Cost of cybercrime escalates 96% per organisation

HP has unveiled the results from its fifth annual study in partnership with the Ponemon Institute detailing the rising cost, frequency and time to resolve cyber-attacks.

Conducted by the Ponemon Institute and sponsored by HP Enterprise Security, the 2014 Cost of Cyber Crime Study found the average annualised cost of cybercrime incurred by a benchmark sample of US organisations was $12,7-million, representing a 96% increase since the study was initiated five years ago.

The results also revealed the time it takes to resolve a cyber-attack has increased by 33% during this same period, with the average cost incurred to resolve a single attack totalling more than $1,6-million.

During the study period, significant cybercrimes occurred in the US involving the theft of millions of payment cards, Internet credentials, intellectual property and online bank accounts.

According to the 2014 Cost of Cyber Crime Study, advanced security intelligence tools such as Security Information and Event Management (SIEM) solutions, Intrusion Prevention Systems (IPS) with reputation feeds, network intelligence systems and big data analytics help organisations detect and contain cyber-attacks resulting in significant reductions in the annualised cost of cybercrime.

“Adversaries only need to be successful once to gain access to your data, while their targets must be successful every time to stop the barrage of attacks their organisations face each day,” says Art Gilliland, senior vice-president and GM: Enterprise Security Products at HP.

“No amount of investment can completely protect organisations from highly sophisticated cyber-attacks, but improving and prioritising your organisation’s ability to disrupt the adversary with actionable  intelligence solutions such as SIEM, can significantly improve attack containment and reduce the overall financial impact.”

Key findings from the 2014 Cost of Cyber Crime Study include:

  • Cyber crimes continue to be very costly: The average annualised cost of cybercrime incurred was $12,7-million, with a range of $1,6-million to $61-million; an increase of 9% or $1,1-million over the average cost reported in 2013.
  • Cyber crimes are intrusive and common: Organisations experienced a 176% increase in the number of cyber attacks, with an average of 138 successful attacks per week, compared to 50 attacks per week when the study was initially conducted in 2010.
  • Cyber crimes require more time to resolve:The average time to detect a malicious or criminal attack by a global study sample of organisations was 170 days. The longest average time segmented by type of attack was 259 days, and involved incidents concerning malicious insiders. The average time to resolve a cyber attack once detected was 45 days, while the average cost incurred during this period was $1,593,627 – representing a 33% increase over last year’s estimated average cost of $1,035,769 for a 32-day period.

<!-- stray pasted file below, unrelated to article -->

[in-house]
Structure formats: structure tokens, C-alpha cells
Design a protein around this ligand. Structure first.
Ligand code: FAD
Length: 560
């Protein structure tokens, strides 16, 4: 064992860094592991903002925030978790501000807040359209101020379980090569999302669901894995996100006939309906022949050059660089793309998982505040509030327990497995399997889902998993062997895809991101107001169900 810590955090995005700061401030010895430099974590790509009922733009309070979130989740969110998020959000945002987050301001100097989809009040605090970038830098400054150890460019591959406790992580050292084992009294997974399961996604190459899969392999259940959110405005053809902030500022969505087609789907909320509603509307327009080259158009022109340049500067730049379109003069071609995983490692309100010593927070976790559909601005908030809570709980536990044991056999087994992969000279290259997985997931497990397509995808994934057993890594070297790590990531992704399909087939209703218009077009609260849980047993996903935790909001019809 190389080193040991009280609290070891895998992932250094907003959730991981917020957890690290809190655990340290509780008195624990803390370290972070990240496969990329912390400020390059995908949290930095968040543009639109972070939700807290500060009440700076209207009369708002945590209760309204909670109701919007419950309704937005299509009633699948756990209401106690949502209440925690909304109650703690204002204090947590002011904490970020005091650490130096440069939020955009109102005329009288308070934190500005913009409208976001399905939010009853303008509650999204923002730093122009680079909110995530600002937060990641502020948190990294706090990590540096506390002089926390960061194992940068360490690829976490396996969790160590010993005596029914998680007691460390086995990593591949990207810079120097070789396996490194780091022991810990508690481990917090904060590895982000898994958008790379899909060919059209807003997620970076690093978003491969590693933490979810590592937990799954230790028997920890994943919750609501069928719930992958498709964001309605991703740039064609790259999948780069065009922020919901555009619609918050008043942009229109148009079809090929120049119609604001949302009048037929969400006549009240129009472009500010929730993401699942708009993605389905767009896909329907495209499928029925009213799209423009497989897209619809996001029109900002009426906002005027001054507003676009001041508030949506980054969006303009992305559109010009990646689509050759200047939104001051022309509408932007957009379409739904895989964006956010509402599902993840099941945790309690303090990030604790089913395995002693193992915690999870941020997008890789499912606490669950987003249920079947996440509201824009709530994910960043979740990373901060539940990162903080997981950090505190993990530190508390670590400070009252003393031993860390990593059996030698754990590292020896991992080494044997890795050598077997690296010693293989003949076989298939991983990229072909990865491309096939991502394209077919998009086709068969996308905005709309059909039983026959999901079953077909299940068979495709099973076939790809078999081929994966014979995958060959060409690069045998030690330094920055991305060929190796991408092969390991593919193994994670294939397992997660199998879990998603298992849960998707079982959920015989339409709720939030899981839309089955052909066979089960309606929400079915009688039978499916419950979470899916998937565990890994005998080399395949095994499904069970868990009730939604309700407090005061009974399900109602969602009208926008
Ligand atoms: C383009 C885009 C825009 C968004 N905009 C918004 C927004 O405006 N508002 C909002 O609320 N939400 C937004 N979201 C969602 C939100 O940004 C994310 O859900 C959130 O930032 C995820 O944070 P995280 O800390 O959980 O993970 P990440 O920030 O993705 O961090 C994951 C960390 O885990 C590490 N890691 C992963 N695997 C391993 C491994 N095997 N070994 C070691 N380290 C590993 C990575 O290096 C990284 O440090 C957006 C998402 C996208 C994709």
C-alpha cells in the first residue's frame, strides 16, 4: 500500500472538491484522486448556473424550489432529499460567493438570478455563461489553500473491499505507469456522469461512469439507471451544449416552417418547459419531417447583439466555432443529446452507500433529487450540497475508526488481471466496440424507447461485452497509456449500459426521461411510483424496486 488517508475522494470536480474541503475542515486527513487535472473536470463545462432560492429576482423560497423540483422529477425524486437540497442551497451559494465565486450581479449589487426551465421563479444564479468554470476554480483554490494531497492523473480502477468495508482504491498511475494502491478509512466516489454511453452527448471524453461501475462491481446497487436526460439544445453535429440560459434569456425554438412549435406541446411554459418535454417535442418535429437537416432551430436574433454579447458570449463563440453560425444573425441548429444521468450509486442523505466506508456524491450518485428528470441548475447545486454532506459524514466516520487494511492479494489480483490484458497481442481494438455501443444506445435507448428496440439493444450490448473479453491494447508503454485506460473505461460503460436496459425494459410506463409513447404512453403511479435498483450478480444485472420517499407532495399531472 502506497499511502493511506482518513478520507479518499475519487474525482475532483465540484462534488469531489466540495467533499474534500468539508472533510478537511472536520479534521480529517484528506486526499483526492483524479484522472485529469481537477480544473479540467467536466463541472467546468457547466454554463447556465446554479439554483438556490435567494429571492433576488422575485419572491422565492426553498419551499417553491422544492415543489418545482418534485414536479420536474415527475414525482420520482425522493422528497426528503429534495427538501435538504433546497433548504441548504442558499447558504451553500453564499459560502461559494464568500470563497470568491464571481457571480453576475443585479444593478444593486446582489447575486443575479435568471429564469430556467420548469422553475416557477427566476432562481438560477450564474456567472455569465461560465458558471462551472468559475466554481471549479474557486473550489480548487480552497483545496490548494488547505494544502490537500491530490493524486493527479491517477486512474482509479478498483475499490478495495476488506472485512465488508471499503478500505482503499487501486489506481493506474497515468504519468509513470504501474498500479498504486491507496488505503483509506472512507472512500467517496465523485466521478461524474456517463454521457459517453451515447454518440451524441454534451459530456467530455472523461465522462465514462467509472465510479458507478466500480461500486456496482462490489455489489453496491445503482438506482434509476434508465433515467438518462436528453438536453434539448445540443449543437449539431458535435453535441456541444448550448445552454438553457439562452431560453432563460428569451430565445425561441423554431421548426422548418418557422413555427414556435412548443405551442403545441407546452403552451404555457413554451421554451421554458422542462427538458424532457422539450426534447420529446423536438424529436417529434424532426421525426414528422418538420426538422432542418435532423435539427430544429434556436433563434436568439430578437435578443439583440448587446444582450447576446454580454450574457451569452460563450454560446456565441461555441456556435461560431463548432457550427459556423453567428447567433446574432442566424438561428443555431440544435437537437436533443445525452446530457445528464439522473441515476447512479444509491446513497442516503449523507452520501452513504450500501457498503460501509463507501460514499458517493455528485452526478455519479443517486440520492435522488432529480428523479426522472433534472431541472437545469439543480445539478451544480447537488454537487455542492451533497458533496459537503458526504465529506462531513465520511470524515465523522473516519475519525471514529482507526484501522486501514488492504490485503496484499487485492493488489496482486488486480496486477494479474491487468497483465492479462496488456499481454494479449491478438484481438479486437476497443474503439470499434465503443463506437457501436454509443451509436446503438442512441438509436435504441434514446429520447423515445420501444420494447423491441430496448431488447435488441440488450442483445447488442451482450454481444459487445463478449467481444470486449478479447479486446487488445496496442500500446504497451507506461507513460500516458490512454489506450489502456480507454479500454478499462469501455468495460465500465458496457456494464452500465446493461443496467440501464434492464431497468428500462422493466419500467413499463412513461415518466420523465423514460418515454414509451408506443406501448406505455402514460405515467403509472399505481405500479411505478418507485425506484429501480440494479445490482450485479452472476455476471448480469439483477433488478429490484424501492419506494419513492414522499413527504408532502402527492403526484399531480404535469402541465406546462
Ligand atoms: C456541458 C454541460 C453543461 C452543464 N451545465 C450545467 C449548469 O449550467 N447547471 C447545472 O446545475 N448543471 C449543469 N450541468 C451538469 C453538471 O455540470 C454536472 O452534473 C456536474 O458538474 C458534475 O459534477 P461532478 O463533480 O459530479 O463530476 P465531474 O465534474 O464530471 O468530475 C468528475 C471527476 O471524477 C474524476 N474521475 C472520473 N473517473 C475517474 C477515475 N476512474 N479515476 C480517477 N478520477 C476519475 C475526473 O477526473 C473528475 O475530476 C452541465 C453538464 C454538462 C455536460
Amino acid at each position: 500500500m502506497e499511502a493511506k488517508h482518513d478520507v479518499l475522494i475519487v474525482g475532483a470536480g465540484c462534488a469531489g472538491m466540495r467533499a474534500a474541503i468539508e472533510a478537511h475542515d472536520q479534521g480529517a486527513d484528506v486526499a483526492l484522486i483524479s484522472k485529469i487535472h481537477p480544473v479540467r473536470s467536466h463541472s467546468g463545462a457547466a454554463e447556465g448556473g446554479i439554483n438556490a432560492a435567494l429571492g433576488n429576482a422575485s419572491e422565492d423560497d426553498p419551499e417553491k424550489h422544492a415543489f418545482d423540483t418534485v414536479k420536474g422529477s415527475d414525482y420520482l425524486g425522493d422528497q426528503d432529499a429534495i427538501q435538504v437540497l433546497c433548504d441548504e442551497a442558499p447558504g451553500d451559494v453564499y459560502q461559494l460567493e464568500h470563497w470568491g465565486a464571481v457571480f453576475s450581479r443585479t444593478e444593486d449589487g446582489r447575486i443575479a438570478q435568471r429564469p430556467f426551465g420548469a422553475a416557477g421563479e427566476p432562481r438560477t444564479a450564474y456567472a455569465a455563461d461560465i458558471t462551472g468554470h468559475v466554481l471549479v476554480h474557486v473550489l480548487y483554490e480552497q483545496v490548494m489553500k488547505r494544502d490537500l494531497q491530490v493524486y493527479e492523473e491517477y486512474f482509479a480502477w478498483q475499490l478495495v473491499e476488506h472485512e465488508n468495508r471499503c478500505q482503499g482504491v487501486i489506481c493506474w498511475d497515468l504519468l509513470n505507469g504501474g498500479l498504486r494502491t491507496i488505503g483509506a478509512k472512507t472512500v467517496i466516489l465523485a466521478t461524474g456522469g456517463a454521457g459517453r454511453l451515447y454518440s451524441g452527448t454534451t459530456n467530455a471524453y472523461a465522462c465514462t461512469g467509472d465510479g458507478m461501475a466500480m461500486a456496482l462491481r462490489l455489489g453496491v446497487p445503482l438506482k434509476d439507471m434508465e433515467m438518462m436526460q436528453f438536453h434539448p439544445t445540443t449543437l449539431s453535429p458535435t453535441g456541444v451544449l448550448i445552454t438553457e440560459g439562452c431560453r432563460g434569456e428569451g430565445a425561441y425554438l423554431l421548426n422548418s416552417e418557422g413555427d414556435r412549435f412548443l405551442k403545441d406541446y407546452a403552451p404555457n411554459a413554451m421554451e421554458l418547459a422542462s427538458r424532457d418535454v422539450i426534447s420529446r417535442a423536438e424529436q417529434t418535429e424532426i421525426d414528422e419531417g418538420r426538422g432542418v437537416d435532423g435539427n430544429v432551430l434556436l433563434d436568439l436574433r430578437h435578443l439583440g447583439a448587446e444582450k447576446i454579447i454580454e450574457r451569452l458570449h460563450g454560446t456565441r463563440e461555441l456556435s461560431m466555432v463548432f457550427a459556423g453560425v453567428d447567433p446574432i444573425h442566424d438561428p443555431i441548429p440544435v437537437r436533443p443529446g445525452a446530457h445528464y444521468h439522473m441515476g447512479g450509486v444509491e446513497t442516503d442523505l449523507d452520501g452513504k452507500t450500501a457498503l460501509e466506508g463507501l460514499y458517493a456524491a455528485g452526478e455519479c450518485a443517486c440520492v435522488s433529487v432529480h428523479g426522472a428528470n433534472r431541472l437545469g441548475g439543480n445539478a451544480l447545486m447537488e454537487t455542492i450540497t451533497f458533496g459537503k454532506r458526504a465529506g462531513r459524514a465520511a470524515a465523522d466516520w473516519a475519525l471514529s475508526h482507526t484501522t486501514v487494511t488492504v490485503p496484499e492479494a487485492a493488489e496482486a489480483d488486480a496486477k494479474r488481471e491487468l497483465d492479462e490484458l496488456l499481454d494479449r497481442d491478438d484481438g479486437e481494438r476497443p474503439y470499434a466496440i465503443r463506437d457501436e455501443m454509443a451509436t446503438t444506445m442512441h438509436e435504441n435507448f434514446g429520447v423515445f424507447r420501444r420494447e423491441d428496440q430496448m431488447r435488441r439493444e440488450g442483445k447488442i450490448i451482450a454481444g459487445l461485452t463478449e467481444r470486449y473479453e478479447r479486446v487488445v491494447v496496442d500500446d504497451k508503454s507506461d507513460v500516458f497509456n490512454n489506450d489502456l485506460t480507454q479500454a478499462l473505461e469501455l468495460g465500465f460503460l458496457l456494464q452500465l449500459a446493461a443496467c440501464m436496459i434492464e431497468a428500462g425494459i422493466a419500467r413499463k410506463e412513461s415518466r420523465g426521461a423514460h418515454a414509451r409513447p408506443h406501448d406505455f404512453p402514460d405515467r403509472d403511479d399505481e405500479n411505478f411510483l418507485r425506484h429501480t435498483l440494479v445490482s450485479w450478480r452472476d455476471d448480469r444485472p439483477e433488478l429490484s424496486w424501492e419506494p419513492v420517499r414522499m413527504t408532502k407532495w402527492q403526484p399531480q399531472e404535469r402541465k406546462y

• Cyber crimes impact all industries:Of the 17 industries included in the study, all reported to have been impacted by cyber crime, and in the US, the highest annual cost per organisation was reported in the Energy & Utilities and Defense industries. The average annualised cost per company in the Energy & Utilities, Technology and Retail sectors rose most significantly in the US when compared to average annualised cost over the five years the study has been published. The retail sector alone has more than doubled when compared to average cost over the five year period.

The most costly cyber crimes are those caused by denial of services, malicious insiders and malicious code. These account for more than 55% of all cyber crime costs per organisation on an annual basis.

Information theft continues to represent the highest external cost, followed by the costs associated with business disruption. On an annual basis, information theft accounts for 40% of total external costs (down 2% from the five-year average), while costs associated with disruption to business or lost productivity account for 38% of external costs (up 7% from the five-year average).

Recovery and detection are the most costly internal activities, accounting for 49% of the total annual internal activity cost with cash outlays and direct labour representing the majority of these costs.

Organisations using security intelligence technologies were more efficient in detecting and containing cyber attacks. For those having deployed a SIEM solution, the average cost savings was $5,3-million per year, a 32% increase in savings from last year. Organisations with technologies such as an Intrusion Prevention System (IPS) and Next-generation Firewall (NGFW) boasted a 15% ROI result.

“Business disruption, information loss and the time it takes to detect a breach collectively represented the highest cost to organisations experiencing a breach,” says Dr Larry Ponemon, chairman and founder, Ponemon Institute. “Based on more than 2,000 interviews, the annual Cost of Cyber Crime research continues to provide valuable insights into the rising cost of cyber attacks to help organisations across all industries understand the serious financial impact that can result if measures are not taken to put solutions, process and expertise in place to minimise risk.”


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